How To Write A Great Resume

In today’s job market, it is critical to have an updated and professional resume to present to employers.

Nine out of ten employers will say that a resume that is messy, has spelling errors, and is not formatted correctly is automatically discarded and not considered for an interview.

There are several necessary points of information that need to be included on a complete resume including current contact information, an objective, education, past and current work experience, and relevant social service/professional organizations you are or have recently been involved with and relevant skills.

Below is a detailed list of the relevant parts of a resume:

  • Current Contact Information – Include your full legal name, permanent address, and a valid phone number in which to reach you.
  • Objective – State your aspirations in the specific market and list a few of your qualities.
  • Education – List any relevant secondary education. Include the schools name, its location (city and state), any degrees earned, and the date of completion. If you are still in school, list your expected graduation date. If you have not graduated, list your high school. *GPA’s (grade point averages) are not necessary to include. List the schools in chronological order, with the most recent first.
  • Past & Current Work Experience – Include your work history, including company name, position held, and job duties. List in chronological order, with the most recent first. *Include military experience in this section.
  • Social Service/Professional Involvement/Skills – Include any social service or professional organizations you are involved in (or recently involved in) as well as any relevant skills you have that would contribute to the company (i.e. a team player).

It is important to try to keep each descriptive line under each heading to one line. Also important is to remember to include your military skills in ‘work place terms’. For example, your last rank (i.e. Staff Sergeant) indicates that you were in charge of others, therefore giving you leadership skills. Including this valuable skill on a resume is looked at positively and can make the difference between your resume and someone else’s.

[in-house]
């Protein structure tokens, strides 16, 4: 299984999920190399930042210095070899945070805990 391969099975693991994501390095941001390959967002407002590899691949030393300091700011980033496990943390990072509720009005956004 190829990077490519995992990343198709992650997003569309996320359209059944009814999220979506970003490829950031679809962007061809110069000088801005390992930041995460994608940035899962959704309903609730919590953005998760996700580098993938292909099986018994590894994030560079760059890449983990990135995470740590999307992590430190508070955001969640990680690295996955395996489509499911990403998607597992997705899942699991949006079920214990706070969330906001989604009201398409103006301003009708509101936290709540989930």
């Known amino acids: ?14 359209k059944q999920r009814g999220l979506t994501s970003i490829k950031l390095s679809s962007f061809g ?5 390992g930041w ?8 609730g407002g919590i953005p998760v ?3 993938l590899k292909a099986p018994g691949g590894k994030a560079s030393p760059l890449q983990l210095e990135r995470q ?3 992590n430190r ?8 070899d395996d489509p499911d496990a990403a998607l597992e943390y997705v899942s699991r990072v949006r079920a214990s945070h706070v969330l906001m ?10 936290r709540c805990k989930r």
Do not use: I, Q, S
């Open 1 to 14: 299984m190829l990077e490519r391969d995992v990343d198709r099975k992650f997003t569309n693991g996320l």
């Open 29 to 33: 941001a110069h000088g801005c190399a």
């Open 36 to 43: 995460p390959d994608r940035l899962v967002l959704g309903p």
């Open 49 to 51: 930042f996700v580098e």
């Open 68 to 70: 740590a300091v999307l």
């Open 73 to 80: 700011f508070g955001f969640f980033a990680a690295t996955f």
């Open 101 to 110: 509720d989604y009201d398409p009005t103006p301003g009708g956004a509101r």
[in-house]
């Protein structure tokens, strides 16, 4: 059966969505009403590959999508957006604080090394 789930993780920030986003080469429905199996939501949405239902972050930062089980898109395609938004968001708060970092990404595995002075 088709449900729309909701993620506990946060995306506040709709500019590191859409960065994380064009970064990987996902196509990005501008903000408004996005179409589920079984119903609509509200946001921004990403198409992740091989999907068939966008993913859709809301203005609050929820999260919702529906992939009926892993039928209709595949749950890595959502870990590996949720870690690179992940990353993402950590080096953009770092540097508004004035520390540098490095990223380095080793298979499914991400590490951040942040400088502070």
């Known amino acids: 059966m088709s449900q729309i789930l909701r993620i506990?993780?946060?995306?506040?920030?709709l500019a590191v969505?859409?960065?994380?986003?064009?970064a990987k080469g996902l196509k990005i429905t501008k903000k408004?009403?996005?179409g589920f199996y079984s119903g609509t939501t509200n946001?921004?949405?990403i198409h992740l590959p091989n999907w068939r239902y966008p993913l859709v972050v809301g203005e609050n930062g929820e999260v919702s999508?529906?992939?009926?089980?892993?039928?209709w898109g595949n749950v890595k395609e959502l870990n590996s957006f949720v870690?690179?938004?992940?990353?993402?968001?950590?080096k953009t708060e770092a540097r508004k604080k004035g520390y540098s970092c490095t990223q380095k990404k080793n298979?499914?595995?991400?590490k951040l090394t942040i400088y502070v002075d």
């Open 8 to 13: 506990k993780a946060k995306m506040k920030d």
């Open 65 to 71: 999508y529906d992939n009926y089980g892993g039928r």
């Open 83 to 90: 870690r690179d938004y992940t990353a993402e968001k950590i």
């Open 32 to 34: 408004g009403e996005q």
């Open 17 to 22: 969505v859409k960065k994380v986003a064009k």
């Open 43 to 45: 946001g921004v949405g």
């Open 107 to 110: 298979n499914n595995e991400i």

There are several acceptable formats of a resume. You should choose the most professional template available. While the format is not critical, the consistency is. Make sure the same fonts, font size, etc., are used throughout the document. In addition, it is good to keep it to one page. Employers do not want to sift through multiple pages of a document. Research has proven that attention to a document is lost after the first page, and continues to deplete with every subsequent page.

Last but not least, be sure to proofread! There should be no spelling, grammatical, or formatting errors.

Once you have your resume completed, print it on resume paper (a special paper that is higher quality than regular printer paper). Resume paper is low cost and available at most retail stores. Print several copies to keep on hand.

References

There is no need to include the phrase ‘references available upon request’ on your resume. Most employers assume that you have them available if requested. It is necessary, however, to have a separate reference page with at least three references listed. Two of the three need to be professional references, and one can be personal.

Choosing the best references possible can be critical to your obtainment of a job. When choosing a reference, you want to choose a person with whom you have had pleasant interactions with (both professionally and personally), and who can attest to your positive attitude and committed work ethic. Never include someone who has the potential to speak negatively about his or her interactions with you.

Once you have narrowed it down to at least three references, the next step is to contact those people and ask them if they are willing to be a reference. Never put someone down as a reference, no matter how close of a relationship you have with him or her, without asking his or her permission first. Doing so is considered very unprofessional. Not only does it catch the person off guard so they are not prepared in what to say about you, it also gives them the opportunity to decline your request before they share something that could affect your potential employment negatively. Contacting them before you list them as a reference shows that you behave in a professional manner and reflects positively on you.

After you have applied for a specific job, it is a good idea to send the job description, as well as your cover letter and resume to your references so they are better able to speak to your specific attributes that will help you be an asset to that particular job.